When Woodrow Wilson led the U.S. into World War One he said, “The world must be made safe for democracy.” Since the writings of Kant and the rise of Hitler, the word dictatorship has been synonymous with international aggression. However, with America’s debacle in Iraq and the onset of the Great Recession, authoritarian regimes have been increasingly asserting themselves. A recent report from the World Bank predicting that China will surpass the U.S. as the world’s leading economy has made policymakers and pundits alike worry. If autocracies like China and Putin’s Russia dominate world politics in the twenty-first century, what are we in for? One hundred years of Hobbesian anarchy, or another Concert of great powers? Dictatorships dominate Washington’s agenda: China’s aggressive behavior in it’s territorial disputes in East Asia; the nuclear talks with Iran; what Putin’s Russia will do next in Ukraine (or Moldova, Georgia, the Baltics, and other countries in the post-Soviet space); and the civil war in Syria. Wilson’s question needs to be reversed: is autocracy safe for the world?
A world order shaped by autocracies is nobody’s first choice. However, it’s not the worst thing that could happen, either. Most dictators are subject to domestic punishments for losing wars. Furthermore, they face additional punishments after being removed from office ranging from imprisonment to exile to execution. These sanctions give dictators potent incentives to pick fights they can win and avoid risky ventures they could lose in order to stay in office (and stay alive).
The Obama Doctrine summed up what has long been the conventional wisdom on democracies and war: they “Don’t do dumb ‘stuff.’” By one influential study’s count, democracies won 93% of fights they started, and 76% of the fights where they are targeted. Democracies were once believed to (mostly) do “smart” things because their domestic audiences were casualty averse, could easily remove leaders who lost and were informed by an unregulated marketplace of ideas. And because democratic leaders enjoy staying in office they generally pick fights they can win. Because autocrats do not pay the costs of war and cannot easily be punished for screwing up, they can be as aggressive as they want. Dictatorships only won 60% of the fights they started and 34% of the fights where they had been targeted. Leaders who fought and lost could still cling to power (ex: Saddam Hussein after the first Gulf War).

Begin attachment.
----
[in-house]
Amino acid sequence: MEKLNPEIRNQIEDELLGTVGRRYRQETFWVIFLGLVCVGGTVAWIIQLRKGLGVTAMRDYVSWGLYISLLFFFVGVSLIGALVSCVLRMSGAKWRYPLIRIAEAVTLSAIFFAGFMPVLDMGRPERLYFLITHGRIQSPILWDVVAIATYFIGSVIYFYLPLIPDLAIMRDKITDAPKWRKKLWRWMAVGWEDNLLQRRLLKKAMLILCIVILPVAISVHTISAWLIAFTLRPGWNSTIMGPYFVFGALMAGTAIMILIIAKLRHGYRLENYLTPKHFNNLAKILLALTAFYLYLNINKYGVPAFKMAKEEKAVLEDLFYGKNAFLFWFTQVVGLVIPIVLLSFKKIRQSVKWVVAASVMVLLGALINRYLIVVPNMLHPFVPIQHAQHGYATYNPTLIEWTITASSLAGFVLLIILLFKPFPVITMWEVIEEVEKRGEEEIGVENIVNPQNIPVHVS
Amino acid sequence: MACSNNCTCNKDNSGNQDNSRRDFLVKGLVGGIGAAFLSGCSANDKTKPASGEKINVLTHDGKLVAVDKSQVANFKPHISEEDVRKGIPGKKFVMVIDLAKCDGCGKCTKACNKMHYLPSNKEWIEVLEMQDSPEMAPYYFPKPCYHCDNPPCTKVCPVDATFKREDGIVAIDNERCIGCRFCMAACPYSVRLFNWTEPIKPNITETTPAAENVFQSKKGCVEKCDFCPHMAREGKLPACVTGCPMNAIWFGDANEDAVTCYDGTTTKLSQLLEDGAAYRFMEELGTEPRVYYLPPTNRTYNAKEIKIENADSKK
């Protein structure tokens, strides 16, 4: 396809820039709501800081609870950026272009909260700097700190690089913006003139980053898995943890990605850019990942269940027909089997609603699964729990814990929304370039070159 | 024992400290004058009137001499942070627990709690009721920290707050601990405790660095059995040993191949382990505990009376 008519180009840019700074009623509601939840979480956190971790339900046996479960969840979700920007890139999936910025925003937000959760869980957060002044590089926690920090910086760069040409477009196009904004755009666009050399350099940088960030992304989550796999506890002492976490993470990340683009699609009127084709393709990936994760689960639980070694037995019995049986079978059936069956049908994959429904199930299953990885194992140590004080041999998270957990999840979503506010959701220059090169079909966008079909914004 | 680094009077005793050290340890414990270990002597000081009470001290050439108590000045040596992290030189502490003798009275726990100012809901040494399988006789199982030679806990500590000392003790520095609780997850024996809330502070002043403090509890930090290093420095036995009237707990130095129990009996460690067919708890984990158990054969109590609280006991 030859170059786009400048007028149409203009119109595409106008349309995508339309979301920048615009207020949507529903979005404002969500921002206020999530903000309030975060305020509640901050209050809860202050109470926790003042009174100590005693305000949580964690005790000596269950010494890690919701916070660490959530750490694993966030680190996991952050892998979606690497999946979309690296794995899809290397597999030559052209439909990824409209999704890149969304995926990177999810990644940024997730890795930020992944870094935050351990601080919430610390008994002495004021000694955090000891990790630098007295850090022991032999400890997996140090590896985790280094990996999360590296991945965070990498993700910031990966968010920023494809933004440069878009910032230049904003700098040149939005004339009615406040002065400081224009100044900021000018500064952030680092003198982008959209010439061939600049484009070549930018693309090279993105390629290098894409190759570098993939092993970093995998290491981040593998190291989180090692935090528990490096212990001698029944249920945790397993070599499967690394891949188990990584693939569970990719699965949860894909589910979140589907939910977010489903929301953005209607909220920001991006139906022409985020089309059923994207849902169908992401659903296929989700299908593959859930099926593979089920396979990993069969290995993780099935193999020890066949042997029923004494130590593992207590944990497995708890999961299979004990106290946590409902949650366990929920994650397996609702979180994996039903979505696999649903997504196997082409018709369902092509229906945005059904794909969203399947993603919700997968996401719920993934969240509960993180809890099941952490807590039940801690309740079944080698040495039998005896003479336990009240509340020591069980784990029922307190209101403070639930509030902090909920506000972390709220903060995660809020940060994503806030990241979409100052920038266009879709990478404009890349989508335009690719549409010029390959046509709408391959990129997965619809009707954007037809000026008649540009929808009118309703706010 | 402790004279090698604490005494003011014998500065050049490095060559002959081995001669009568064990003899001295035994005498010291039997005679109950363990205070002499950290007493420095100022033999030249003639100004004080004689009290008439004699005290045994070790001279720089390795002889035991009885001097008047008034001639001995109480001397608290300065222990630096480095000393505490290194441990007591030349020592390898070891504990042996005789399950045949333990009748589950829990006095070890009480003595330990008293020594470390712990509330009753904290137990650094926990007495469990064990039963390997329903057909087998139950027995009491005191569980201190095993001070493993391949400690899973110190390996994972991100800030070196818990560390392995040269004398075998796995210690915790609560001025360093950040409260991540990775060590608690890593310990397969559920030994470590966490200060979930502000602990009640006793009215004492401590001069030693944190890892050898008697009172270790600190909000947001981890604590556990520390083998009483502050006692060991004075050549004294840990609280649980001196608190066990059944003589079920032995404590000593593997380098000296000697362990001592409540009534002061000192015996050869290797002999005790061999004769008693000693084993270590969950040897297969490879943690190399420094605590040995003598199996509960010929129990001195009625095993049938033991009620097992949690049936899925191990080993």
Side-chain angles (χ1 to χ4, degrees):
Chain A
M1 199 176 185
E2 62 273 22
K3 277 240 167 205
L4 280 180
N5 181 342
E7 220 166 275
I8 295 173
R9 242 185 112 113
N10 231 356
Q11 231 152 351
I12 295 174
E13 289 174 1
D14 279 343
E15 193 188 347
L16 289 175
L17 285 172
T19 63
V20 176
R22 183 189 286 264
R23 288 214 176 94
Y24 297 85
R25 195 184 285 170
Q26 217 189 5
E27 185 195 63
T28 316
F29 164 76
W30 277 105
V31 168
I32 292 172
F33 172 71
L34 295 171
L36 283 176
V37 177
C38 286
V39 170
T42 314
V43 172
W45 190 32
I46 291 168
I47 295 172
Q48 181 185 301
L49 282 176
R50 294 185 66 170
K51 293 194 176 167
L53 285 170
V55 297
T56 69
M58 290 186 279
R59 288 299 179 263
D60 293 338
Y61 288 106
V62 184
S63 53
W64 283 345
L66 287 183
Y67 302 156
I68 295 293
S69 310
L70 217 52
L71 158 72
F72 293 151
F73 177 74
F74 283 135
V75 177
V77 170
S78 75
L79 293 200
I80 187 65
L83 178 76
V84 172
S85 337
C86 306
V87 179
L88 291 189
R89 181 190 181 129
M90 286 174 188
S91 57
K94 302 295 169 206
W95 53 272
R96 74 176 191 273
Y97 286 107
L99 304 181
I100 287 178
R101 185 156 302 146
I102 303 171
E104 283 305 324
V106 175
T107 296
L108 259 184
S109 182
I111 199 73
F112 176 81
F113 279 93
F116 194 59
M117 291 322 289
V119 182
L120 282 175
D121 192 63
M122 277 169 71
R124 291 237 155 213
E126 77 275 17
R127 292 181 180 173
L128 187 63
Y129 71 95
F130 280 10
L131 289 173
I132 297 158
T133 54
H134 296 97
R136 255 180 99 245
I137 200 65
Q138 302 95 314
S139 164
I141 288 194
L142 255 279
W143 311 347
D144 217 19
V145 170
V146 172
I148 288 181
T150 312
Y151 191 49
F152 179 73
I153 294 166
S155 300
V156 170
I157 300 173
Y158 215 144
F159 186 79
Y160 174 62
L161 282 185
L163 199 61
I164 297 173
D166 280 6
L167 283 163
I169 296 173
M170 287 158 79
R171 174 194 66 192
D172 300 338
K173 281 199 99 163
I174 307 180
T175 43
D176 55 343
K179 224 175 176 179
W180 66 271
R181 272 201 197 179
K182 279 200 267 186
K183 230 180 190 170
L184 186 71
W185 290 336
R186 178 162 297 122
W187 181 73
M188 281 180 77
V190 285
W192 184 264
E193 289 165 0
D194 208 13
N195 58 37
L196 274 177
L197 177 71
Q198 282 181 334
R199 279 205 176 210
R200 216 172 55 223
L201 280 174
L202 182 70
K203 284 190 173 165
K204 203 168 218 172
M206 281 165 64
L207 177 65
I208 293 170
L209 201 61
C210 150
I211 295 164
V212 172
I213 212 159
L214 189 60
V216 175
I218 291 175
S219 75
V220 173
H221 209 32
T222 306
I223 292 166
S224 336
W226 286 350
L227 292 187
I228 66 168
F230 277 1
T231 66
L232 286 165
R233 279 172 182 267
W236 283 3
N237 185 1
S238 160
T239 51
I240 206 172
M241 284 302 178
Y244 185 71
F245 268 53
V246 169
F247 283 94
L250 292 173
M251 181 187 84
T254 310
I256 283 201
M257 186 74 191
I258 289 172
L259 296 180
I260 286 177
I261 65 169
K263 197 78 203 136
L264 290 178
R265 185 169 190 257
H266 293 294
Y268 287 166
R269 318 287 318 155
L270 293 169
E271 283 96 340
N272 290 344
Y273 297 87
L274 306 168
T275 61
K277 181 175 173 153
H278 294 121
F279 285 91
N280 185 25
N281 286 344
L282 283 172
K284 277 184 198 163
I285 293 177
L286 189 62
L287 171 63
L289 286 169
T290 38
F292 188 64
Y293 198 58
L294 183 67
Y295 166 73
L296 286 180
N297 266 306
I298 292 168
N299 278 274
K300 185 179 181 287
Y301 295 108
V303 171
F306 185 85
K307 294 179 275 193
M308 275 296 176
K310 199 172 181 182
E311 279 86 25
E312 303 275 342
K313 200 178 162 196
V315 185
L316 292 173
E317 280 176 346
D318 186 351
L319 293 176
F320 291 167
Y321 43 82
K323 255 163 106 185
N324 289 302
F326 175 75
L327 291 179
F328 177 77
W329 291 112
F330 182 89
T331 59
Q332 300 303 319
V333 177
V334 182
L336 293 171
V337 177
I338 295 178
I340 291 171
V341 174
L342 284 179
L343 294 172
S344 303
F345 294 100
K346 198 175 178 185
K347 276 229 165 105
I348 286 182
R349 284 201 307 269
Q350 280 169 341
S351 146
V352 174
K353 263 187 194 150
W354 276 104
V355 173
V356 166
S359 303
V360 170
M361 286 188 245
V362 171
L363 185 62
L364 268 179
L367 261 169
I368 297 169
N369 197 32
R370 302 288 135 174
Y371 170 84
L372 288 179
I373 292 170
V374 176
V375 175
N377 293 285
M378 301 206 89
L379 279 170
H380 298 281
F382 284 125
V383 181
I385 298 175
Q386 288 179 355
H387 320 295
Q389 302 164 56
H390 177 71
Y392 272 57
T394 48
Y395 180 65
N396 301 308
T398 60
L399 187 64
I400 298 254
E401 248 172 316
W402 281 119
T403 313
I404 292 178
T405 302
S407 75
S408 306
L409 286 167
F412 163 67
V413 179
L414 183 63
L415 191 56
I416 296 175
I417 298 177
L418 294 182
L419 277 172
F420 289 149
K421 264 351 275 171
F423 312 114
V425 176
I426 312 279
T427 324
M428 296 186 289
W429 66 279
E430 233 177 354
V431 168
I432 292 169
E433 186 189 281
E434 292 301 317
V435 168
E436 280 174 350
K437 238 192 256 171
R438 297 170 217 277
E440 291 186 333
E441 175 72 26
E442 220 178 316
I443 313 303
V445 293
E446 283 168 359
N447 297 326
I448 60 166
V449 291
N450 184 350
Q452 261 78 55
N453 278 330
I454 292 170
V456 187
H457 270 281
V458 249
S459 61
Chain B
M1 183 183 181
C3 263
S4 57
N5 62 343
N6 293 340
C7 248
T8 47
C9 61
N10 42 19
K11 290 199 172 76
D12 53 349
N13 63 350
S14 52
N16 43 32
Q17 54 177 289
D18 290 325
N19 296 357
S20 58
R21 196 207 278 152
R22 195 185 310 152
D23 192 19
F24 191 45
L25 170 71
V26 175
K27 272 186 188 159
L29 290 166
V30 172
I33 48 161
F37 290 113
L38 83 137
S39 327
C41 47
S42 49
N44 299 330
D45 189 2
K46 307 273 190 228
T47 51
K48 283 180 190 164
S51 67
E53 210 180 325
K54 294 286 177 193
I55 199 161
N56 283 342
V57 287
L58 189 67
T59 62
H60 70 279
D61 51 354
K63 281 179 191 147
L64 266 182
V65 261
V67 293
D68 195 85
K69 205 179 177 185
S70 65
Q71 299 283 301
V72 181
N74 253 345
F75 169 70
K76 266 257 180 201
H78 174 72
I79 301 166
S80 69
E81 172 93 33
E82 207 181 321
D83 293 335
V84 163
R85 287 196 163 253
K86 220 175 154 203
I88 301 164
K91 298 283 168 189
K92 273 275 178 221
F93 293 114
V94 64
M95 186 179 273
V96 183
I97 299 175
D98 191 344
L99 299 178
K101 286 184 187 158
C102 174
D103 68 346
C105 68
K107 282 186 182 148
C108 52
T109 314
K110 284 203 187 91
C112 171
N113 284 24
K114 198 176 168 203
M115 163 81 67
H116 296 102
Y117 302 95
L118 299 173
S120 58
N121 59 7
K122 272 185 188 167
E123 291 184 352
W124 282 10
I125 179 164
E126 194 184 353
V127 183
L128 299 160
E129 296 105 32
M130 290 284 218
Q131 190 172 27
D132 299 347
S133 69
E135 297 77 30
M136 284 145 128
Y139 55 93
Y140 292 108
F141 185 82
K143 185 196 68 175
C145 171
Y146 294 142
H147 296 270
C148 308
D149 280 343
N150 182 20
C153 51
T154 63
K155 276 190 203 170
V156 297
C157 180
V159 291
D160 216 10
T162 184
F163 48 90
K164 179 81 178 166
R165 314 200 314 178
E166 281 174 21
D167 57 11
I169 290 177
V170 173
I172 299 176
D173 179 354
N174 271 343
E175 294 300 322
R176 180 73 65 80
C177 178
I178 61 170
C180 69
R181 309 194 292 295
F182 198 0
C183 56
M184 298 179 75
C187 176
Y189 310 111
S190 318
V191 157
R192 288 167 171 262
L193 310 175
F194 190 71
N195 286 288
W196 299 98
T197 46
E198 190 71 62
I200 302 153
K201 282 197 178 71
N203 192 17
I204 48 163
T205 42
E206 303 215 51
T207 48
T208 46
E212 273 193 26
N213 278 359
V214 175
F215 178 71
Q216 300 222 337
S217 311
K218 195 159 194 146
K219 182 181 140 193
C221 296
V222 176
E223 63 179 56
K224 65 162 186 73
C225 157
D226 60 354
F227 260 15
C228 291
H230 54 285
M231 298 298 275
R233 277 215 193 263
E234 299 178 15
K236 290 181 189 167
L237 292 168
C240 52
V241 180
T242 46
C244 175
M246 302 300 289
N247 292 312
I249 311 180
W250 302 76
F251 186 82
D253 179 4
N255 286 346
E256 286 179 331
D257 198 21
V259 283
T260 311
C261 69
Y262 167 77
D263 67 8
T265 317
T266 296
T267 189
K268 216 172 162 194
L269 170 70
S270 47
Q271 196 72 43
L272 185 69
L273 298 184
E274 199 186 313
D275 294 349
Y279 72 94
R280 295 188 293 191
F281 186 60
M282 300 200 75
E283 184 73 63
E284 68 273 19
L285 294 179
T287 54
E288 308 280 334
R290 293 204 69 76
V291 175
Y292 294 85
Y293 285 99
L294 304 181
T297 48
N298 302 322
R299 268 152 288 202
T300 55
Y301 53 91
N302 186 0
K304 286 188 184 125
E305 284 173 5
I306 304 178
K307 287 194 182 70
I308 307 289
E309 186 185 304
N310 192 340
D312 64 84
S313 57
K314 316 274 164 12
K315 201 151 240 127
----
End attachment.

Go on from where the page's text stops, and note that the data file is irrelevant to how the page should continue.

Historical cases like Algeria, Vietnam, wars in Lebanon, and the second war in Iraq give us reason to be skeptical about the military effectiveness of democracies. Scholars using quantitative data have suggested that democracies aren’t as smart and tough as we were lead to believe.
Some fear that as China continues to rise, it will not act as a responsible stakeholder simply because of its governmental structure. However, these fears are based on a poor understanding of the domestic political constraints that govern authoritarian regimes. Even many political scientists suggest that if you’ve seen one autocracy, you’ve seen them all which simply is not true.
Dictators like Hitler, Stalin, and Kim Jong-Un are the exception, not the rule. Few dictatorships are run as personalist regimes centered on the whims of a single individual. Instead, the majority of are like Nikita Khruschev and Leopoldo Galtieri of Argentina: non-democratically elected, but beholden to a clubby group of elites who associate losing wars with foreign policy incompetence. New data bears this out. Constrained dictators--non-democratic leaders who do not control the military or intelligence services or access to high office--lose office in two out of six cases where they won on the battlefield; they tended to lose office in seven out of eight cases where they lost.
Even unconstrained dictators are not safe from the fury of their general publics. While some personalist rulers like Saddam Hussein managed to cling to power in the face of defeat (e.g., after Gulf War One), others have not been so lucky. Leaders like Nasser and King Hussein managed to cling to power after their humiliating defeat in the Six Day War of June 1967, but not without tremendous costs. Nasser’s reputation as the champion of Arab nationalism was nearly destroyed while Egypt was rocked by nationwide protests that began in February 1968. King Hussein’s already tenuous grip on power was further challenged by the influx of Palestinian guerrilla groups bent on using Jordan as a staging ground for attacking Israel. This paved the way for the Jordanian Civil War of the early 1970s. Syria was beset by a nearly three-year long power struggle between the two leaders of the Ba’ath Party at the time: Salah Jadid and the Defense Minister, Hafez al-Assad.
Autocrats may miscalculate, just as the U.S. did when it went into Iraq in 2003. However, domestic political constraints give dictators strong incentives to avoid reckless behavior. Take Xi Jinping. China’s truculent stance on its territorial disputes in East Asia has been of tremendous interest to American decision-makers recently. However, Xi answers to the Politburo and is vulnerable to nationalist/anti-foreign protests getting out of control should he lose one of the fights he picks, neither of which welcomes international defeats. So far, Xi has picked fights with weaker adversaries that are no match for the Chinese military. These conflicts appear to have little likelihood of escalating to the point of full-blown confrontations with Washington.
Many Americans would prefer the unipolar moment never end. However, America can survive in a world with powerful non-democracies.
Dr. Albert Wolf is a Contributing Analyst for Wikistrat. Starting in August, he will be a Fellow with the Leonard Davis Institute for International Relations at The Hebrew University of Jerusalem.